The results of a new study are making headlines with claims that marijuana users are connected to a three-fold higher risk of dying from hypertension (high blood pressure) than someone who doesn’t use marijuana.
There is one small catch to the findings of this new marijuana study. Namely, there are some limitations with the study’s findings. One of the more prominent being the fact that it defines a marijuana user as someone who has ever tried cannabis – even just one time. Most would agree there’s a big difference between someone who has tried marijuana once, someone who consumes it on special occasions, and someone who consumes it daily. Even with the limitations, however, the research conducted during the study did a nice job of focusing on how consuming cannabis can affect a person’s heart.
In addition to not doing a better job of defining who is considered a marijuana user based on the amount they consume, the study also didn’t really do any work regarding focusing on certain strains either. So, there’s still a lot of research to be done to hone in on more concrete and accurate results.
The lead author of the study, Barbara Yankey, released a statement on the findings of the new study.
“We found that marijuana users had a greater than three-fold risk of death from hypertension and the risk increased with each additional year of use.”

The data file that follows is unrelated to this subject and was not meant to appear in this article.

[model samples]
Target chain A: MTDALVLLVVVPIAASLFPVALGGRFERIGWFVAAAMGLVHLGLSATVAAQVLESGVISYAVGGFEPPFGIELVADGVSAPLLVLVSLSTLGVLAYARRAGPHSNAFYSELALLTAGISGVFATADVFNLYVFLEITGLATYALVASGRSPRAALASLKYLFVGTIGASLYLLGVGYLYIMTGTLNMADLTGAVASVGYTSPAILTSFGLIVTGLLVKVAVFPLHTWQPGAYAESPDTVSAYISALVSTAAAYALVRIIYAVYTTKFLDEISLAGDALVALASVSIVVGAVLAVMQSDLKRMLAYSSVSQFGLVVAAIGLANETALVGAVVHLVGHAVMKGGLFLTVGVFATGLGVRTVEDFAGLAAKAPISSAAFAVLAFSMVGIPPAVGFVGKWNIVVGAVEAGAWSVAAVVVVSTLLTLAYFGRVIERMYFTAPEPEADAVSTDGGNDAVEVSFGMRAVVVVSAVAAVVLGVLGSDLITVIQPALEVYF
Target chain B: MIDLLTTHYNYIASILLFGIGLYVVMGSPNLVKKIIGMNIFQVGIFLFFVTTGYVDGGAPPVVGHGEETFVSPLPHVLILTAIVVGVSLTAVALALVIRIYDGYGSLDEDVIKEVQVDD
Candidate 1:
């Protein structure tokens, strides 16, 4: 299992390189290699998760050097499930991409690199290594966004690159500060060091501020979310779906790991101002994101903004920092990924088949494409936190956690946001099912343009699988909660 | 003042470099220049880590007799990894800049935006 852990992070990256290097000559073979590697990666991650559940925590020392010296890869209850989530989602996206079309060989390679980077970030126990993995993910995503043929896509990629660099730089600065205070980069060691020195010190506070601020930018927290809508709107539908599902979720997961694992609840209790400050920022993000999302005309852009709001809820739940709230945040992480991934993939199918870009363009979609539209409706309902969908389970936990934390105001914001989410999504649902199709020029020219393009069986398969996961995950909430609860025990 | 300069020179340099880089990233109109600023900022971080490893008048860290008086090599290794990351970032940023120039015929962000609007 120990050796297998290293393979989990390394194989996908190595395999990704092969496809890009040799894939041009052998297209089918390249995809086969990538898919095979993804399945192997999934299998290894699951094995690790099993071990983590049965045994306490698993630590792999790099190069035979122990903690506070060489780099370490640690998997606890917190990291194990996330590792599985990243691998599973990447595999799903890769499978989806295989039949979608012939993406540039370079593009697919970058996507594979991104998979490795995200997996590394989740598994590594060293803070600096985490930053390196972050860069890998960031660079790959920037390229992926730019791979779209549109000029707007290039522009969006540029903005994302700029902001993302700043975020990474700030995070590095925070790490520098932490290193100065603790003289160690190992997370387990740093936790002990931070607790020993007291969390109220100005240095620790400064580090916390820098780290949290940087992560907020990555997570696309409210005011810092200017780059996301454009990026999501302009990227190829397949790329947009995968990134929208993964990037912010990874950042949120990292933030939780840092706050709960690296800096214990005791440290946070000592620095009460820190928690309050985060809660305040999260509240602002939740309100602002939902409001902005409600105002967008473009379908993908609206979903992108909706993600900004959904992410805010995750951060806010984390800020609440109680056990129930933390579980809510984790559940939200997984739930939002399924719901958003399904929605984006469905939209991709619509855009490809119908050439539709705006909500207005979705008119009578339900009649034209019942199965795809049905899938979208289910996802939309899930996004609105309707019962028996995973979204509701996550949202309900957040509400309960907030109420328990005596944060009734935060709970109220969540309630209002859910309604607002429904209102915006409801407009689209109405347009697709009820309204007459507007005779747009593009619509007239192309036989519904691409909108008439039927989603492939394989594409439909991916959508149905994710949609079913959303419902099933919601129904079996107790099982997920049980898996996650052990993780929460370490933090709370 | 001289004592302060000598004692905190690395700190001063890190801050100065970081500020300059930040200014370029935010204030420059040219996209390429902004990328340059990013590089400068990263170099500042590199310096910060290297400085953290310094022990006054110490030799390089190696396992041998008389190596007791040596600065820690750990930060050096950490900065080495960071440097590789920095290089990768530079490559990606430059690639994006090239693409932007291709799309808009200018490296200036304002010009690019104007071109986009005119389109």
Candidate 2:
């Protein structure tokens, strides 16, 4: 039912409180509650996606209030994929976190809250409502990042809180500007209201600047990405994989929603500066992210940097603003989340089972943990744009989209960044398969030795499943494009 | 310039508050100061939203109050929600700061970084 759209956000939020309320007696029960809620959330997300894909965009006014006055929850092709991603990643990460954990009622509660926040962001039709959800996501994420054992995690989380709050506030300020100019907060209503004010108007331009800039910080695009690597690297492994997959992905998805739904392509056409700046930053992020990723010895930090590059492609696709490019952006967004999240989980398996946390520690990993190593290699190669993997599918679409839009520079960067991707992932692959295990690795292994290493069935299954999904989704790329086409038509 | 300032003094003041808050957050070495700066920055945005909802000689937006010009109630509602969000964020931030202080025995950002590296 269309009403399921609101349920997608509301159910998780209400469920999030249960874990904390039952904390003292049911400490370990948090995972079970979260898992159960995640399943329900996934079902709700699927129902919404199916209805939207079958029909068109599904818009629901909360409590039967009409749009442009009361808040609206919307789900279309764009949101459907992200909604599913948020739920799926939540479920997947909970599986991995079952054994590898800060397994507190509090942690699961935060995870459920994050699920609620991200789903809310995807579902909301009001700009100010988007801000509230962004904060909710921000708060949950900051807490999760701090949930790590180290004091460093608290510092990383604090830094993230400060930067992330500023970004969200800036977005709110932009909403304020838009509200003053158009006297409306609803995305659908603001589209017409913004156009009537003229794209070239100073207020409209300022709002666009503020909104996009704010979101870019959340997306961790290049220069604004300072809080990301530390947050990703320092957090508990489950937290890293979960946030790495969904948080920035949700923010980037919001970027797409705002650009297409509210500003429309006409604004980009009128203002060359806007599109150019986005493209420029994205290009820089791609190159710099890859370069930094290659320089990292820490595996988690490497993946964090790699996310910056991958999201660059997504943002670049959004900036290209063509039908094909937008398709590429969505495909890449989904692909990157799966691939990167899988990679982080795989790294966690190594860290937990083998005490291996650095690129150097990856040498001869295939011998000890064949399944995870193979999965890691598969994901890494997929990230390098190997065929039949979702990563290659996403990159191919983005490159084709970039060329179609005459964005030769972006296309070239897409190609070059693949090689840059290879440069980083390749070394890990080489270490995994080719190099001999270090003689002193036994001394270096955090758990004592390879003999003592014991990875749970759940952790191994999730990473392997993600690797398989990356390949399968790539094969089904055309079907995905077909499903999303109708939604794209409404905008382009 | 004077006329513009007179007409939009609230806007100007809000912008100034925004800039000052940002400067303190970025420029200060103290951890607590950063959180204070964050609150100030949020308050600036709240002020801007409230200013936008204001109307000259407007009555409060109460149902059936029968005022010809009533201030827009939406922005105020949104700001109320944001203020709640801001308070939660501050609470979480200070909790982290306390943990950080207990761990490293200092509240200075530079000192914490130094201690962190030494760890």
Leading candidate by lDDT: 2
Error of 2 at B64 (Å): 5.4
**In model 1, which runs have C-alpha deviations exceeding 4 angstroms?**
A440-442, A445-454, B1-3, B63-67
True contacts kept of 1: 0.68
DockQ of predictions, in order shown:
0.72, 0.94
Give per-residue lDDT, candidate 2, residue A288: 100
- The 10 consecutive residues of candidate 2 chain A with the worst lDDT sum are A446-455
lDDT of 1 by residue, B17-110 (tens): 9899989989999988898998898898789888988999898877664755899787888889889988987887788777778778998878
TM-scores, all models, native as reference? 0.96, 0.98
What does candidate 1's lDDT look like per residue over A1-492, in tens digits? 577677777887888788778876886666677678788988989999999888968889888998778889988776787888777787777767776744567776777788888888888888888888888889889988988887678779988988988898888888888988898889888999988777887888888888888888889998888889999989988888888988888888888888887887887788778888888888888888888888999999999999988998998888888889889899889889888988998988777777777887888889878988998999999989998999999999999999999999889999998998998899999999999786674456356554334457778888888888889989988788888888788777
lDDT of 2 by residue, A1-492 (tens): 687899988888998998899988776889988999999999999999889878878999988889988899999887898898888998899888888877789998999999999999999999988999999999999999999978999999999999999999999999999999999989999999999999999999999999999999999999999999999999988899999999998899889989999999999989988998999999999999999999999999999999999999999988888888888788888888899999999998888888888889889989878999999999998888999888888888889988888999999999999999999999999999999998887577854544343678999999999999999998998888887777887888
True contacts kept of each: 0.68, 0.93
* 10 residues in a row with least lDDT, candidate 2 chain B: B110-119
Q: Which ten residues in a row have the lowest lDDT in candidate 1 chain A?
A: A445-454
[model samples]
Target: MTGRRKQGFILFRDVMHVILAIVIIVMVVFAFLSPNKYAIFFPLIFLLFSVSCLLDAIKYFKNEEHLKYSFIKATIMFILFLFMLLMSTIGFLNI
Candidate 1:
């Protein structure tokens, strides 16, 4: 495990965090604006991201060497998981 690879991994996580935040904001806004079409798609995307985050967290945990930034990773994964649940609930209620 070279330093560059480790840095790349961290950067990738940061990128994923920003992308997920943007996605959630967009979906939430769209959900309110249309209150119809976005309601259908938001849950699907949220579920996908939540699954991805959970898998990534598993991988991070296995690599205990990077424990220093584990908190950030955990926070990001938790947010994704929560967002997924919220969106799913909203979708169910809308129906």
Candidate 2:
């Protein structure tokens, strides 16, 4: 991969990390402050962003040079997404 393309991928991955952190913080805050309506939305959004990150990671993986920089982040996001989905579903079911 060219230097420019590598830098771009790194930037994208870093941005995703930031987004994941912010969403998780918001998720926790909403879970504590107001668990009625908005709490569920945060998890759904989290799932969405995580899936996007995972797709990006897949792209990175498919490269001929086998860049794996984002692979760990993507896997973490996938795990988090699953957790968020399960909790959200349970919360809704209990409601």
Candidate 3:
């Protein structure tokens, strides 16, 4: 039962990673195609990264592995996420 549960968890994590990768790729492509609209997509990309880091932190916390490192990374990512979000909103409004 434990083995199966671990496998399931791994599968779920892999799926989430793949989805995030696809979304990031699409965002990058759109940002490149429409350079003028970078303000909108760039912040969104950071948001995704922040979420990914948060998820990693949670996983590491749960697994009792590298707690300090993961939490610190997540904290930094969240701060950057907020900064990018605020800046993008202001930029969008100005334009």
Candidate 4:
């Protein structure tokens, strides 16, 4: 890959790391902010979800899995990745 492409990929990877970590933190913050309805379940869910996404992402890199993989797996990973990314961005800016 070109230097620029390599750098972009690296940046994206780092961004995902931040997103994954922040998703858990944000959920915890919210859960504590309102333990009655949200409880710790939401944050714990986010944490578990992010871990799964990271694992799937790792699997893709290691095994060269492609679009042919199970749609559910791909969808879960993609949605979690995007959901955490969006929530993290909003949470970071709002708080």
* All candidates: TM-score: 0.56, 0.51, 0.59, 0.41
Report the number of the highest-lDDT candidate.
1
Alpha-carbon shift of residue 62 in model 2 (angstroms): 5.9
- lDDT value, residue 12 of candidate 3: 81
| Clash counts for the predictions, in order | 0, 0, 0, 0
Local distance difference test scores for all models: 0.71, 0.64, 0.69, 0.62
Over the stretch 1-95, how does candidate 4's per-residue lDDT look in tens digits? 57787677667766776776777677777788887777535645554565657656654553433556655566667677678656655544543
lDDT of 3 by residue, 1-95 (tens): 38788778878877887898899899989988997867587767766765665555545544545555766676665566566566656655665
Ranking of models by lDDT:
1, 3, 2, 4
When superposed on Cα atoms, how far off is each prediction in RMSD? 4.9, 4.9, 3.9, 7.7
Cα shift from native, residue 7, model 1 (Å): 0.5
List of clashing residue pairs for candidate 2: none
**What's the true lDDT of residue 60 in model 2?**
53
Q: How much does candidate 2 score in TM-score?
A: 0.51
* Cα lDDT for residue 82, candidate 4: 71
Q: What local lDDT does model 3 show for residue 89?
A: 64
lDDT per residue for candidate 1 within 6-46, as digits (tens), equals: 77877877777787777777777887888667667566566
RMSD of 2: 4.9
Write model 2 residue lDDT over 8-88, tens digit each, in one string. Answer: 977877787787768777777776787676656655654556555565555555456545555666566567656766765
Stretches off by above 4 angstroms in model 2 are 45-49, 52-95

Her paper, which was published in the European Journal of Preventive Cardiology yesterday examined over 1,200 people who were over the age of 20. Roughly 12 years ago, the researchers asked these 1,2000 individuals whether or not they had ever consumed marijuana. Those who answered “yes” were labeled as users and those who said “no” were considered non-users. The researchers then used data pulled from the US National Center for Health Statistics to find connections between marijuana use and causes of death.
The researchers determined marijuana users were 3.42 times more likely to die from high blood pressure than someone who had never used marijuana. What was perhaps more alarming was the fact that this number increased by 1.04 for every additional “year of use.”
The biggest problem with the findings of this research is what defines a marijuana user. The study itself has defined a marijuana user as anyone who said “yes” to trying marijuana. According to Live Science, a little more than half of Americans have admitted to trying some form of marijuana at some point in time in their life. Yet, only 14 percent defined themselves as a regular marijuana user, consuming at least once every month.
Do you have any thoughts on this new marijuana study and the connection to high blood pressure deaths? Sound off in the comments found down below.
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